For most patients, hospitals are very safe environments in which to receive treatment and recover. However, despite hospitals’ best efforts, some patients, especially those with compromised immune systems, may be at risk of contracting dangerous infections. A particular group of germs called E.S.K.A.P.E. pathogens — named for the Enterococcus faecalis, Staphylococcus aureus, Klebsiella pneumonia, Acinetobacter baumanii, Pseudomonas aeruginosa, and Enterobacter bacteria — has become a growing concern for health care providers, because the pathogens have adapted to develop a resistance to current antibiotics. According to the American Center for Disease Control and Prevention, in the United States, 19,000 patients die every year from an infection caused by an E.S.K.A.P.E. pathogen. The problem of today’s antibiotics failing to combat pathogens that have grown a resistance to them is a serious one and one that a group of Baylor undergraduate students and their faculty mentors have devoted time and effort toward solving.
Dr. Diane Hartman, lecturer of biology, and students in her Biology Small World Initiative class have accepted the surmounting challenge of discovering new bacteria which can combat the antibiotic-resistant pathogens found in hospitals by adopting the principle of getting back to the dirt.
“This project all started when we received an email two summers ago from Yale stating that they had just completed a year of the small world initiative, where they had been sampling soil to find antibiotic producing microbes,” Hartman said. “They sent out a request for pilot partners who would be interested in going to Yale over the summer to train so their universities could offer this kind of course to expose freshman and sophomore students to hands-on research early in their collegiate careers.”
Baylor is currently the only university in Texas partnered with Yale in the project. The course offers under-classmen a chance to aid the process of finding a solution to one of modern medicine’s most costly problems.
“Currently, the problem is that most of our antibiotics are synthesized and re-engineered forms of bacteria that were discovered years ago, so common pathogens found in hospitals have begun to grow immune to the antibiotics currently being produced,” sophomore pre-biology major Elizabeth Andersen said. “Our mission was to go back to nature to try to discover new bacteria that can fight today’s E.S.K.A.P.E pathogens.”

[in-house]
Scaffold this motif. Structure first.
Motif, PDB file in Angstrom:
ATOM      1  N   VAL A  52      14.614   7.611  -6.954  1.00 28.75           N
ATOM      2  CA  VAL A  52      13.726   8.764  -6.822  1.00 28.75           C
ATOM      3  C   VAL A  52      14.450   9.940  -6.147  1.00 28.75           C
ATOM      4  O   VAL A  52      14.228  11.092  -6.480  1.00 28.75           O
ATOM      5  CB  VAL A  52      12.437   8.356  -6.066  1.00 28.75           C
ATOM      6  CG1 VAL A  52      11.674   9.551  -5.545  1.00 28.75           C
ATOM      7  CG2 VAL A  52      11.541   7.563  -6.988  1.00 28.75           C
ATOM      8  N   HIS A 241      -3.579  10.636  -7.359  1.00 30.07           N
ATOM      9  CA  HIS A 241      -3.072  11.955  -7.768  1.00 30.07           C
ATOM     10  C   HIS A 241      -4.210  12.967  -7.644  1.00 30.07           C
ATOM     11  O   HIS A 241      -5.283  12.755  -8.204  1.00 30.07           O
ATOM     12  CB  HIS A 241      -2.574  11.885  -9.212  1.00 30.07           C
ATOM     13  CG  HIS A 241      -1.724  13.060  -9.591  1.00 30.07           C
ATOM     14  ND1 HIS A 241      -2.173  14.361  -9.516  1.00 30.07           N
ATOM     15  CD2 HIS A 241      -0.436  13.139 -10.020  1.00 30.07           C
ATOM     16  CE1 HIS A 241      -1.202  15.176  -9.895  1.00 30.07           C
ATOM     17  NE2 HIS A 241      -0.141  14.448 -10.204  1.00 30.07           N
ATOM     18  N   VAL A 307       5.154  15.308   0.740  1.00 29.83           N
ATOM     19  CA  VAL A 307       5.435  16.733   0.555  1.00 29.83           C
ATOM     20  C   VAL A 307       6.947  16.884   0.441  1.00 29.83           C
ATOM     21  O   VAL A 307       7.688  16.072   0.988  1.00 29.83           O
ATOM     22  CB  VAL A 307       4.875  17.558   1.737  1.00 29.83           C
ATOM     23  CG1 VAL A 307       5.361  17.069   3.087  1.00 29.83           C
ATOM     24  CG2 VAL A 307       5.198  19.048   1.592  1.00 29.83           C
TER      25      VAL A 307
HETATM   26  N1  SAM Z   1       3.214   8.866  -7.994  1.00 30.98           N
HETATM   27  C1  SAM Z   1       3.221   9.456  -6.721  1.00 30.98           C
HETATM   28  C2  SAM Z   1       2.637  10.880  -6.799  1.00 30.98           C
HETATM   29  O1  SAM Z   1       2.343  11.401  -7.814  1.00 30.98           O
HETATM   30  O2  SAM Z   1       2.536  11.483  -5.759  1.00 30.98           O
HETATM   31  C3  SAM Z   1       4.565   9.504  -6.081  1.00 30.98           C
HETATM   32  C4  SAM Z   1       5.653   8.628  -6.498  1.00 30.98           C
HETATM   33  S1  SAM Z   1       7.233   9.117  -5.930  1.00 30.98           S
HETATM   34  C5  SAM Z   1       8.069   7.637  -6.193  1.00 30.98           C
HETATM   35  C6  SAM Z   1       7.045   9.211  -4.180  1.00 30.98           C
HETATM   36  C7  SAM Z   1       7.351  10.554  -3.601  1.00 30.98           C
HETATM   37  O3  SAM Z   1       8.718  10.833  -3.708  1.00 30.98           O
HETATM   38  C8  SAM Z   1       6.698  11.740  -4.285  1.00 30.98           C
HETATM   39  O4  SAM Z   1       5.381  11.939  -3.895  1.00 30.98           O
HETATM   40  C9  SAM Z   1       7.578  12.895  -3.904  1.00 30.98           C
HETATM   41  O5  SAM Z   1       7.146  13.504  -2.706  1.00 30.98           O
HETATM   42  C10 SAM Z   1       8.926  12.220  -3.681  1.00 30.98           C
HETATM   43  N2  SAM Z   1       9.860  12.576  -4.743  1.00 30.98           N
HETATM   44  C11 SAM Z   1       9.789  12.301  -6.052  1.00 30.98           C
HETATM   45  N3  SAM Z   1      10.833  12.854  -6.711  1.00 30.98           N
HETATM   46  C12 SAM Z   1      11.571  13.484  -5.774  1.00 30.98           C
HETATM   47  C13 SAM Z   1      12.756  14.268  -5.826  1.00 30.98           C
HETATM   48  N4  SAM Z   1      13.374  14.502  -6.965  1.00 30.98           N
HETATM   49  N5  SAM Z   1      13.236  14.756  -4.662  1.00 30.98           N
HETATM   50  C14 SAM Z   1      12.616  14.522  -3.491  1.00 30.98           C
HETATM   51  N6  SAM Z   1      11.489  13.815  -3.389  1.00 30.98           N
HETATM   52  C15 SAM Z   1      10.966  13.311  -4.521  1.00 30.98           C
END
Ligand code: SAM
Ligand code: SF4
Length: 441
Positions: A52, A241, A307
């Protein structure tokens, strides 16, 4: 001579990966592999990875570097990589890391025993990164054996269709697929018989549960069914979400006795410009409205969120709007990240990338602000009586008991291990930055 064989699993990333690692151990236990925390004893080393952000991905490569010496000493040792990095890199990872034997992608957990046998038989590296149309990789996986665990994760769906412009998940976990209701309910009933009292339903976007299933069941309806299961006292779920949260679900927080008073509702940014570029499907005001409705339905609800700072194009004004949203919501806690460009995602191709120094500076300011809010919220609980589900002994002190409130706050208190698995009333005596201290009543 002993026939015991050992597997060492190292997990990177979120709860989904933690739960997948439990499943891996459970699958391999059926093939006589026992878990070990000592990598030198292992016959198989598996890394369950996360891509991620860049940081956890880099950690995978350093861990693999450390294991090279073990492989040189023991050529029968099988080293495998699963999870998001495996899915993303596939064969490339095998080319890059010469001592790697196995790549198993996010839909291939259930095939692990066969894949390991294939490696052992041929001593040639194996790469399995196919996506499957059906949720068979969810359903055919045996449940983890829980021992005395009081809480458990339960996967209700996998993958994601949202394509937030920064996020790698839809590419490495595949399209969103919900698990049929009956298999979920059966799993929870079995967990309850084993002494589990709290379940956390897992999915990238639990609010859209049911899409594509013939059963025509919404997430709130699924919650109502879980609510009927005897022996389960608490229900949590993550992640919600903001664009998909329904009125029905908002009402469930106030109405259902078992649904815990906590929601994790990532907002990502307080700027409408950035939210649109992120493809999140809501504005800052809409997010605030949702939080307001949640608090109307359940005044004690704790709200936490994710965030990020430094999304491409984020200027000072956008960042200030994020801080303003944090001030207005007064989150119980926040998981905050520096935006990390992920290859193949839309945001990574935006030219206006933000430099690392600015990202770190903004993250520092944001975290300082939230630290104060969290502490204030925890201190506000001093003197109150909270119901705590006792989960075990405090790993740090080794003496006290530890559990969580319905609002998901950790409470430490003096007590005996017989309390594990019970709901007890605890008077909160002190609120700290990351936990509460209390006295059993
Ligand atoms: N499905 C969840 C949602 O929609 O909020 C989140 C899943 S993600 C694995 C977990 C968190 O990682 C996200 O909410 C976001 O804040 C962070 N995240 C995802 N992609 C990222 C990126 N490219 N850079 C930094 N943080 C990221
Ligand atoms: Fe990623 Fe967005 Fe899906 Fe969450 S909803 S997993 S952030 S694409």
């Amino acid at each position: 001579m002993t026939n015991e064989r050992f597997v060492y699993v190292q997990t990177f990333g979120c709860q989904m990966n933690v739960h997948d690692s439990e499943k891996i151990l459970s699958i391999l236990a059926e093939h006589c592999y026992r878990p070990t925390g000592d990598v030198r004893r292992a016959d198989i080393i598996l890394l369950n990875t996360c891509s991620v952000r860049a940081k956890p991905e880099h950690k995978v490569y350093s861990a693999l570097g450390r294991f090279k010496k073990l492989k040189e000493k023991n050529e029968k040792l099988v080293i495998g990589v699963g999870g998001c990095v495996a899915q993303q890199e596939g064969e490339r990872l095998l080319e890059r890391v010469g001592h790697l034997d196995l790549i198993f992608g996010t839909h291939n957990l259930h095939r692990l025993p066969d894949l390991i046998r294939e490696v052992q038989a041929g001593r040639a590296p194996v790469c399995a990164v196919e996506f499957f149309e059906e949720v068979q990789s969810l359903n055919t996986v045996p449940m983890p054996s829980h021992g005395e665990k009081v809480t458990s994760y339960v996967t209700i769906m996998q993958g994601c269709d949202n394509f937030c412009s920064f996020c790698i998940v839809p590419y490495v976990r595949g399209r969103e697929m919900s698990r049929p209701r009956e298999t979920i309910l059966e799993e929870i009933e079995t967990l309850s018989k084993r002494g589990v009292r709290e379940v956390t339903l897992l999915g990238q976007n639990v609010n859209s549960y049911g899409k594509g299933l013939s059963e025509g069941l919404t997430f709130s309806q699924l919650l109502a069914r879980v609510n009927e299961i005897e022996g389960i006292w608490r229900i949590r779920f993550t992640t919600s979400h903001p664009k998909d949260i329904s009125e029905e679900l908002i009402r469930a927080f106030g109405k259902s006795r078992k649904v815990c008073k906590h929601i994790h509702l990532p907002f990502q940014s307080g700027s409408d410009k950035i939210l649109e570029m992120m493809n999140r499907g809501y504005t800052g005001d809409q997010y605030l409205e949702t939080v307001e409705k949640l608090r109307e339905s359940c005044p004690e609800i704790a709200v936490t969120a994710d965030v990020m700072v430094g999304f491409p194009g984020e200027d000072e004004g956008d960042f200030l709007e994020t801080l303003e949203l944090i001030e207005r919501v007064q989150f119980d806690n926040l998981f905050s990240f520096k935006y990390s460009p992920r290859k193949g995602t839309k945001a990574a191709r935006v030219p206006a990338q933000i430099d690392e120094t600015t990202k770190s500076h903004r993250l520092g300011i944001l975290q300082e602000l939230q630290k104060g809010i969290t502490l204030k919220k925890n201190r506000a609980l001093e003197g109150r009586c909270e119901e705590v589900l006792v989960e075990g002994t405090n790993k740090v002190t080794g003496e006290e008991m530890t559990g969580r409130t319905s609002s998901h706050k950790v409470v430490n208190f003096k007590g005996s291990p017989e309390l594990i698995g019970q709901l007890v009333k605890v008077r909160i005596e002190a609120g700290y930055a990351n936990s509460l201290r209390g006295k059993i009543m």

In order to find new bacteria microbes, the students simply had to go out and dig. Groups of students went to separate locations across Waco and gathered soil samples which they then tested, looking for microbes that could potentially slow the growth of the E.S.K.A.P.E. pathogens. This process proved to be rewarding for some groups and difficult for others.
“The only problem that befell our group was after finding what we thought was a nutrient rich soil sample from Cameron Park, the sample had only four isolates out of the 18 microbes identified,” junior Biology major Patel said.
According to junior biology major Shelby Armstrong, “Our group having 12 isolates, the highest out of all the soil samples, was surprising, but it was rewarding because there were so many more tests we could run and pathogens that we could compare those bacteria to.”
Several students who took the class the first time it was offered last year have returned this fall to continue their research and to acquire more molecular identifications before they submit their results and microbe samples to Yale, where other researchers will perform further analysis to determine if the bacteria show promise for future drug development.
“We are entering what scientists are calling the post antibiotic era,” said senior lecturer of biology Dr. Jacquelyn Duke. “The pathogens that medicine was able to treat for years with the same antibiotics are now growing resistant. This type of research may provide the next generation of antibiotics, but it is an ongoing process. Pathogens will continue to build up resistance over time, so science and medicine have to constantly be pursuing new avenues to fight infections.”
Aside from submitting their work to collaborators at Yale, students in the class have had other opportunities to showcase their research. The entire class was able to participate in URSA Scholars Week in the spring of 2014 and many attended and presented their work at the Texas Society of Microbiology meeting. Andersen received funding from Yale to present at the American Society of Microbiology meeting in Boston this past May.
Students who are participating in this research say the experience has impacted their lives in a variety of ways. Some students from the original class have returned as mentors for the current class. Others said that it influenced their future career plans.
“We all plan on continuing to research in the future,” Andersen said. “One thing I’ve learned about research is that you are never truly done; there will always be more questions and problems that arise and as a scientist, you want to continue the process and address them as time goes on.”
This story is part of a series of undergraduate research highlights by Caleb Barfield, a student worker in the Office of the Vice Provost for Research. Caleb is a sophomore from Denton majoring in journalism, new media and public relations. Click here to read more of his work.